Here's 10 of my favourite posts from the year from other people's blogs, in no particular order:
Constructivism, Kitsch and Capital: Lloyds
- Sit Down Man, You're a bloody tragedy
Owen considers Richard Rogers Lloyds of London building as a piece of secret Constructivist architecture, or how the Thatcherite-modernism of High Tech inadvertenly achieved the same aesthetic outcome as revolutionary Soviet architecture as envisioned by say Chernikov or Leonidov.
The Street at Platform
City of Sound
Urban computational thinking, described by Dan Hill in a lyrical narrative, as a roadmap of where mobile technologies, RFIDs, GPS, and ubiquitous computing are taking us, and our urban realms.
What's That Sound? It's Centrifugal Space!
Enrique unearths a great quote from Edward Dimendberg, from "The Will to Motorization: Cinema, Highways, and Modernity" (1995):
"Characteristics of centrifugal space include the decreased significance of metropolitan density and agglomeration and their replacement by dispersed settlements and a shift from urban verticality to the horizontal sprawl of suburbs and larger territorial units. But one might also discern centrifugal space in the redeployment of surveillance mechanisms away from the the body of city dwellers toward the automobile, the proliferation of electronic media, and the collection of traffic statistics as a strategy of control"
This is just the excuse we need to watch some Kraftwerk videos for Trans Europe Express, and Tour de France.
Written for the Liverpool Biennial International 08, this essay is a great exploration of the schism between urbanism and cities that modern technology creates.
"hovering there in the future possible tense, at the imaginative vanishing point of urban design itself, is the perfect city, sending ripple effects back into the spaces of today—and we can trace the outlines of its utopian arrival in the empty streets and construction sites of the spaces that now surround us."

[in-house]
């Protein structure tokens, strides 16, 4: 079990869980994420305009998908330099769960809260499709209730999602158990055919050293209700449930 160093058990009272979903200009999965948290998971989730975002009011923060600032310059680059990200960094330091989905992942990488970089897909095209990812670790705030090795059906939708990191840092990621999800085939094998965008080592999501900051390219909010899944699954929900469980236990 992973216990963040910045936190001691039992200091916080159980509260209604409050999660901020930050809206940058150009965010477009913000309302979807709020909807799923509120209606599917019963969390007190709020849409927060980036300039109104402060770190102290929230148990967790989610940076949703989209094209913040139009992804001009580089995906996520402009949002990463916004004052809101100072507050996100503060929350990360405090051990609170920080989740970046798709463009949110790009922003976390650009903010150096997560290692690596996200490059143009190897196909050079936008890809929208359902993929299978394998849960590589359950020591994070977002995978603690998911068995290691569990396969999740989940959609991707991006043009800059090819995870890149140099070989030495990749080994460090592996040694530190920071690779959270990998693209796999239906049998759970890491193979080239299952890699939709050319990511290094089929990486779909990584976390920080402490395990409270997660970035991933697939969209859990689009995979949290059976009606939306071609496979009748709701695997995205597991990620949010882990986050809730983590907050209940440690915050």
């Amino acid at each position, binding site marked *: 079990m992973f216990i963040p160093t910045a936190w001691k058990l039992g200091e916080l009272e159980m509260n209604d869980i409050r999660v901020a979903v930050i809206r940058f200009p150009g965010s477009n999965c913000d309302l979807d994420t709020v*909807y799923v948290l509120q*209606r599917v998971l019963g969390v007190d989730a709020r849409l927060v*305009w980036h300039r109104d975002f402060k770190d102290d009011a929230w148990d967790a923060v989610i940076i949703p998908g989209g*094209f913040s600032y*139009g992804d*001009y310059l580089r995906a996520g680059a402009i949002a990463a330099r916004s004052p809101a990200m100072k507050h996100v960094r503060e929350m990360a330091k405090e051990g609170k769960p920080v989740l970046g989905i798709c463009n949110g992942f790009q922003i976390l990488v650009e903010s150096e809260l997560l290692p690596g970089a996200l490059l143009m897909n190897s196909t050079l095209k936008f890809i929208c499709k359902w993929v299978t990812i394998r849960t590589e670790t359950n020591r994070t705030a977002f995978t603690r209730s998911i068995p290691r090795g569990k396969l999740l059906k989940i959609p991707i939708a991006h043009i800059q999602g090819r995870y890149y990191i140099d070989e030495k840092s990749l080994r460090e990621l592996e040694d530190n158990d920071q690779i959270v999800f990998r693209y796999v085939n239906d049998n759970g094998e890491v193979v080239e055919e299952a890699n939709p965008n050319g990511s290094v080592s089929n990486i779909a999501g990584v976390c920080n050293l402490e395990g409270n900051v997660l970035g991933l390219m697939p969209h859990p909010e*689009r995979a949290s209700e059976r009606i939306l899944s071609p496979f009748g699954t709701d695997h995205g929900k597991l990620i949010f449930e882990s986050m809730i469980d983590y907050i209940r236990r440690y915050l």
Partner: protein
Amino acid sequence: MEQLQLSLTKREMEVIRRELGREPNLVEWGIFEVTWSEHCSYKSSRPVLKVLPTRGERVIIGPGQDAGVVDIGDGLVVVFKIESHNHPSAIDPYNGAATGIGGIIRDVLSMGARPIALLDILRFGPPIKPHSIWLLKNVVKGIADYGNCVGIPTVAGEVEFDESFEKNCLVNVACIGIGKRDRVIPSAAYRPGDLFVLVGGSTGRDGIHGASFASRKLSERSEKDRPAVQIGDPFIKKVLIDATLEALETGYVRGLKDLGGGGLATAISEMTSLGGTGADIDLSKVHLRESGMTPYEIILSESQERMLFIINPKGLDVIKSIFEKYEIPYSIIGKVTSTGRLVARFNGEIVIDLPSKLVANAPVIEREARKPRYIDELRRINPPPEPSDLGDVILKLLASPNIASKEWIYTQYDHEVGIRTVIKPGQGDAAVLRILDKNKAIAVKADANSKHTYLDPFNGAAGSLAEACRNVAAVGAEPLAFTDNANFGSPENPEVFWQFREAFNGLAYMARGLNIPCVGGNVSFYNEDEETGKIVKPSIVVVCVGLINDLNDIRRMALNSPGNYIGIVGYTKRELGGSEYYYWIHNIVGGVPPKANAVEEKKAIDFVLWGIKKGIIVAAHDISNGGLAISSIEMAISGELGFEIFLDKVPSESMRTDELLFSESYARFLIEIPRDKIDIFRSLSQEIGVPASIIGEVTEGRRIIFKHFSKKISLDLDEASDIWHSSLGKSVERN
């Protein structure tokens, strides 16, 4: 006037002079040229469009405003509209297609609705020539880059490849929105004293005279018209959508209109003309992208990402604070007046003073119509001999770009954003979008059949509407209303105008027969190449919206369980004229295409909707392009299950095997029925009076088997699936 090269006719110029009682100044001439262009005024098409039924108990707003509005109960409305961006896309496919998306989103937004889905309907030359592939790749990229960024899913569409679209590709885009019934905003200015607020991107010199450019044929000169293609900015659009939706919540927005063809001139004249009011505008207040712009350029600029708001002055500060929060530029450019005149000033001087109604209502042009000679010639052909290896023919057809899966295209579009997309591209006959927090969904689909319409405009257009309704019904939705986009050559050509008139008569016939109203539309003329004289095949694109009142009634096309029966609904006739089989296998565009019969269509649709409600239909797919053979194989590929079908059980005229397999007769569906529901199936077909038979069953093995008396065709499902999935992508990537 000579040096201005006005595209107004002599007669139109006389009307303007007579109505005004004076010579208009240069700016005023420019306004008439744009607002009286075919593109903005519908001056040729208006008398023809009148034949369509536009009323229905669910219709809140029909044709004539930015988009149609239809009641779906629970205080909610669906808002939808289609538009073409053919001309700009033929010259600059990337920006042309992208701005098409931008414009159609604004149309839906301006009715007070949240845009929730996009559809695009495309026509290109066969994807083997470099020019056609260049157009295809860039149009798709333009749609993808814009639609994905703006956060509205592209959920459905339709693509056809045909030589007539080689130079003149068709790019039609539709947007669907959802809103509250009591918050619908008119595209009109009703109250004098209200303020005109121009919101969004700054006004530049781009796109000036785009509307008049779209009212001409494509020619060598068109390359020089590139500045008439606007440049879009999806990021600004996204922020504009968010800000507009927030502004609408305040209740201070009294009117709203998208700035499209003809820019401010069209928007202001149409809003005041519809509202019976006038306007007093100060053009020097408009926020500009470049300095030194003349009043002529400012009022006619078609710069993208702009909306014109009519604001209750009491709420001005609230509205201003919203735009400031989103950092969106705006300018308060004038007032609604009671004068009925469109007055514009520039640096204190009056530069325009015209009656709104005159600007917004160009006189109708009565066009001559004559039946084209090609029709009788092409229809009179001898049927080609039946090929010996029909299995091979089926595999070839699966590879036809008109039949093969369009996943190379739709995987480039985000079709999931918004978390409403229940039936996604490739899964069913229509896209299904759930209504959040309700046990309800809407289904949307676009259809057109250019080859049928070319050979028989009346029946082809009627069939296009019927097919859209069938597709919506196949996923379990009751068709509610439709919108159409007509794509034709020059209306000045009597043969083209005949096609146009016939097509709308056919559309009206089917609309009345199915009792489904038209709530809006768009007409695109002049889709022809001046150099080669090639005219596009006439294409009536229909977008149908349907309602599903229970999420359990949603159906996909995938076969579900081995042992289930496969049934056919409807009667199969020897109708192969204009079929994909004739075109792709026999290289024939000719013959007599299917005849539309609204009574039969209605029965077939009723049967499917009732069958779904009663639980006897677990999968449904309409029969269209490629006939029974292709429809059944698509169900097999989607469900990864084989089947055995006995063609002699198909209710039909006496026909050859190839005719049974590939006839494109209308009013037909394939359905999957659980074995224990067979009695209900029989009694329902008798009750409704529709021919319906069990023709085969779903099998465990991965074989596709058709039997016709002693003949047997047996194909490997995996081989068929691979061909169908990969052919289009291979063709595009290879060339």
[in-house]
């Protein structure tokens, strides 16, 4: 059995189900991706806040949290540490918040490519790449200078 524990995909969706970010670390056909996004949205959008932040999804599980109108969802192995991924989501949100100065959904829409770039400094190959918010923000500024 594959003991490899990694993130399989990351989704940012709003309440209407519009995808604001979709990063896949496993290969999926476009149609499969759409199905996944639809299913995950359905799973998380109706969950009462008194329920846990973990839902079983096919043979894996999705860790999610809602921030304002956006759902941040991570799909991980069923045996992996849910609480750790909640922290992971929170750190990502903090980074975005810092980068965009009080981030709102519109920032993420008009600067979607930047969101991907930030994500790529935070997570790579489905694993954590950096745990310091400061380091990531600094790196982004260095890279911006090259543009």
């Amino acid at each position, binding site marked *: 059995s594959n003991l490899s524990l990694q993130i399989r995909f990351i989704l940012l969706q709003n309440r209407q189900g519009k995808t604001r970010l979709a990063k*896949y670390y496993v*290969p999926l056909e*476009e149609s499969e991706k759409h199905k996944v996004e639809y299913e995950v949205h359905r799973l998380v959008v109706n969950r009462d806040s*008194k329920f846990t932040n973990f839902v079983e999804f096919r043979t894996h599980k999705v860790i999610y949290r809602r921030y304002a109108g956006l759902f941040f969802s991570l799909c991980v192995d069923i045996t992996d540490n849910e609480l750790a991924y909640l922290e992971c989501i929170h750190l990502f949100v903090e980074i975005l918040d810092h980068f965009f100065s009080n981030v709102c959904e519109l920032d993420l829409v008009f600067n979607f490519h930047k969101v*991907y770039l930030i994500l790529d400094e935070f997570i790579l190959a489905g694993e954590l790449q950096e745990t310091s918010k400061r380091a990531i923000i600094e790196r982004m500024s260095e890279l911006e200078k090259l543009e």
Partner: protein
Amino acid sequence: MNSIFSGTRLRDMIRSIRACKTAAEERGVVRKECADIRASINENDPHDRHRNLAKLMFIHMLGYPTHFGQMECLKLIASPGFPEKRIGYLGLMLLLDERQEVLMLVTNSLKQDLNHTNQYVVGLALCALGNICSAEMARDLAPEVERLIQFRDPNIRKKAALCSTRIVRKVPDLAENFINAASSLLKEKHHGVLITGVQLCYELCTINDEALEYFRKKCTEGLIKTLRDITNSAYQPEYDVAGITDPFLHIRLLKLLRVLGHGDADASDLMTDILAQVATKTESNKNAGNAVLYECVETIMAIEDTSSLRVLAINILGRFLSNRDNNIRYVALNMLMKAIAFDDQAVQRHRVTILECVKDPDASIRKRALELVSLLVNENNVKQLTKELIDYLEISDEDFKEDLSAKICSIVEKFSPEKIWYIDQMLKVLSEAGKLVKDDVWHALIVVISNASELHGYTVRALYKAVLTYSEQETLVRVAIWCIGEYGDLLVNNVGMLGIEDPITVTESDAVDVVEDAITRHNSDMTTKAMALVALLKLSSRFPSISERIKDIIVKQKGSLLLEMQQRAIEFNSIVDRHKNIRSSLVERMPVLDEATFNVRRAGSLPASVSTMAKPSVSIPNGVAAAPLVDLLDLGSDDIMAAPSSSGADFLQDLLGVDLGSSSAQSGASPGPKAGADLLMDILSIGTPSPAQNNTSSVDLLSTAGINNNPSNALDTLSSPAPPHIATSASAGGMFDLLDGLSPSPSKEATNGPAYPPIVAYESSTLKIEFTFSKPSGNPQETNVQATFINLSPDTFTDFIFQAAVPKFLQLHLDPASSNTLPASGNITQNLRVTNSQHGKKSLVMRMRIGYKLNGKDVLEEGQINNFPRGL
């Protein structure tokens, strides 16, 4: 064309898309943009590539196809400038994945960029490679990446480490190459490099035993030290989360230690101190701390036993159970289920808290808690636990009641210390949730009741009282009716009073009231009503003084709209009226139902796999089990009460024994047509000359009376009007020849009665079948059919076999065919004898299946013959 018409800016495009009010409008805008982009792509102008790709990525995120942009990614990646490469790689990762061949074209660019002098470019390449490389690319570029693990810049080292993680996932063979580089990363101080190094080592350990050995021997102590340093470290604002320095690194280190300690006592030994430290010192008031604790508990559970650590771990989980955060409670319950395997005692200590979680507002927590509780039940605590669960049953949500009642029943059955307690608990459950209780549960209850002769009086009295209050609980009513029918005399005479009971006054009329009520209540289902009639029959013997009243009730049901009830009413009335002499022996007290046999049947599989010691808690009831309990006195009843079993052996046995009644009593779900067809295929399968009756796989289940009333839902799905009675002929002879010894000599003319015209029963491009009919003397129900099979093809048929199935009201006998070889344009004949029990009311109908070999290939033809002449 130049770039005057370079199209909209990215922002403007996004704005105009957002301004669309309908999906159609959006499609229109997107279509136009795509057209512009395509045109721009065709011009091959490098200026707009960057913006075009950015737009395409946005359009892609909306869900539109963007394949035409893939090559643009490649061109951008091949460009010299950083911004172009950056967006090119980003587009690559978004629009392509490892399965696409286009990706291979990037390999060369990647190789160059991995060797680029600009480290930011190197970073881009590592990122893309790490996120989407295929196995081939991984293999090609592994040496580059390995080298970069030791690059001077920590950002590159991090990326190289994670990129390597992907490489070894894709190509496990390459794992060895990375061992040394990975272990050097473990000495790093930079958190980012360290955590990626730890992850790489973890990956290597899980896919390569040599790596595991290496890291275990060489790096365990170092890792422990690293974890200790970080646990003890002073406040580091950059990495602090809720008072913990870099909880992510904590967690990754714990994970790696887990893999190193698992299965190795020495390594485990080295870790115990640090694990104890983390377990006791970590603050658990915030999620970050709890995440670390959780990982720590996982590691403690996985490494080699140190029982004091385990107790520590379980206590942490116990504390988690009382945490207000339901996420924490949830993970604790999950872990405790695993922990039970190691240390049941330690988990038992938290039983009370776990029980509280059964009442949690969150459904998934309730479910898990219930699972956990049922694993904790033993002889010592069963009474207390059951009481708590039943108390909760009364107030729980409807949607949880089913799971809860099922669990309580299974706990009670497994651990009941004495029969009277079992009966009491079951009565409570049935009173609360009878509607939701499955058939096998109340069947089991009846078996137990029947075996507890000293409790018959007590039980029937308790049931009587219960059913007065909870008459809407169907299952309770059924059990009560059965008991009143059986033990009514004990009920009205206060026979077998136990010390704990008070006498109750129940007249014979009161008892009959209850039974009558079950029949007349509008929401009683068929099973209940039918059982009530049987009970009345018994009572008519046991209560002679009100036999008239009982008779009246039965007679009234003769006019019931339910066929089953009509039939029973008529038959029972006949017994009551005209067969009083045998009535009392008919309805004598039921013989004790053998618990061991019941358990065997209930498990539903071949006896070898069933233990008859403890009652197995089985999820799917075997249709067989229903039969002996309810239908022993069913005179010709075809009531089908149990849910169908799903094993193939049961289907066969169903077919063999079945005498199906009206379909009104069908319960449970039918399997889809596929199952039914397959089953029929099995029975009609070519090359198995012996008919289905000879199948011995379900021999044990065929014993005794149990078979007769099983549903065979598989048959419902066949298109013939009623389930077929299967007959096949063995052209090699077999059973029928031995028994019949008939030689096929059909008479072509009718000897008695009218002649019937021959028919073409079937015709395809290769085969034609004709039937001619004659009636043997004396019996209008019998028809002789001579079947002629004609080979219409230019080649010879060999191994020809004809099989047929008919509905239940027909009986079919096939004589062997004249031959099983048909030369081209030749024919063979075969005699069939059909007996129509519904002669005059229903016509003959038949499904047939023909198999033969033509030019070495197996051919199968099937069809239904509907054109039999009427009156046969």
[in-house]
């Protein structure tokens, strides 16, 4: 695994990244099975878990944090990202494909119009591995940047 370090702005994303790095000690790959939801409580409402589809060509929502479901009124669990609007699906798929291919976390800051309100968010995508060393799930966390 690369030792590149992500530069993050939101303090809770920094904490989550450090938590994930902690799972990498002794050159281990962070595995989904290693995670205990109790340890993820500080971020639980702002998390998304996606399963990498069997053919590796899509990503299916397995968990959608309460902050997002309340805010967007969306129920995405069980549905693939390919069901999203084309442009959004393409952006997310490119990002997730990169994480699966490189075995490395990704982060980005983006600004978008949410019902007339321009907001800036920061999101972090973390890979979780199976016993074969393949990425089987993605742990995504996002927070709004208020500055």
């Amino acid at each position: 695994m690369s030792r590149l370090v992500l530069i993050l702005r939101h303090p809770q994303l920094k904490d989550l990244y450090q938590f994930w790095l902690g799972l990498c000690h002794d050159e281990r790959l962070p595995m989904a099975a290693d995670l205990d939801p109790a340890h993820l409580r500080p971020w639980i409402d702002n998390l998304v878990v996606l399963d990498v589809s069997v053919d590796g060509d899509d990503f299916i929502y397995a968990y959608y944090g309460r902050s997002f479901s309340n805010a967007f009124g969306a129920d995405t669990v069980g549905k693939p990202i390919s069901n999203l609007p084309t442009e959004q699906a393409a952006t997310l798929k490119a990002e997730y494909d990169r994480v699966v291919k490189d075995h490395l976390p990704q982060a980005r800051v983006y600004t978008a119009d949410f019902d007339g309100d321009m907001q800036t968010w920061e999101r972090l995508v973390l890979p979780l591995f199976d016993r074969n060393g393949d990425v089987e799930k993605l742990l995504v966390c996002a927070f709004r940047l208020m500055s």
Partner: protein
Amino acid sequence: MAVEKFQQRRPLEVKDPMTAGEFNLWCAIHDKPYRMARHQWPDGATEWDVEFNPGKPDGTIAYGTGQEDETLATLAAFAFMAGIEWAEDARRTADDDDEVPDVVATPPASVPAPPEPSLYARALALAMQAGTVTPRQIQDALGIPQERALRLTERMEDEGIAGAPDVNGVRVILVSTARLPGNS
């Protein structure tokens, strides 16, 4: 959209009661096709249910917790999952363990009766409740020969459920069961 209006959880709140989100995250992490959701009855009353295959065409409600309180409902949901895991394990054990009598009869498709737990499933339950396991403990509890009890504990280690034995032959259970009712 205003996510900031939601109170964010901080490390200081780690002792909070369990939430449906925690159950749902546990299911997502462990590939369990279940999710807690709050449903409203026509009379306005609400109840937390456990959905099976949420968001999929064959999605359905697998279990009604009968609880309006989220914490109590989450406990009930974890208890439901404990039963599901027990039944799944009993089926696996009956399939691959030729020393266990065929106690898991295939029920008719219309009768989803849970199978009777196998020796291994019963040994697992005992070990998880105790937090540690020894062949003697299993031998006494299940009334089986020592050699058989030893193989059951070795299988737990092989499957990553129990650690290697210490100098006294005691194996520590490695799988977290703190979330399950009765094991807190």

My back pages: Whatever happened to serendipity?
Adam Greenfield paints a picture of the ways ubiquitous mobile communications may refigure urban environments, but in a city where everything can be known, what happens to the music of chance?
Life Without Buildings Interviews Charlie Kaufman
- Life Without Buildings
Great chat with writer/director of Synecdoche: New York, who having made probably the most obviously architectural film of the year, seems bewildered why an architecture writer would want to talk to him.
Folk Football: Landscape, Space and Abstraction
- Strange Harvest
Football is abstract urbanism, argues Sam Jacobs.
Great urban and industrial archeology from Fred Scharmen, tracing the history of the Masonville Cove area of Baltimore.
"In this newest process, existing landscapes are reengineered into constructed domains in a kind of habitat gentrification process - the accidentally artificial is scraped away to create a new intentionally artificial overlay. "
The Real Concrete Island? - Ballardian
Mike Bonsall tracks down the real motorway flyover and island used by Ballard as inspiration for Ballard's Concrete Island.
Suicide Urbanism: The City as IED
Brian Finoki on architecture as weapon. Imagining civil engineers as Bond villains:
"He would be a sort of neo-Freudian masterbuilder; part Da Vinci, John O’keefe, Cecil Balmond, Lynn Nadel, Bin Laden all fused into a reinvented Karl Stromberg kind of Bond villain. He would be a genius in the art of designing cities for the purposes of their inimitable seduction and collapse. He would be a mythic sorcerer of urban decay, and heading deeper and deeper into an age of hyper-urbanization people would fear natural disasters only half as much as they would his brutal and stylish suicidal urbanism."
Let me know any particular highlights you discovered.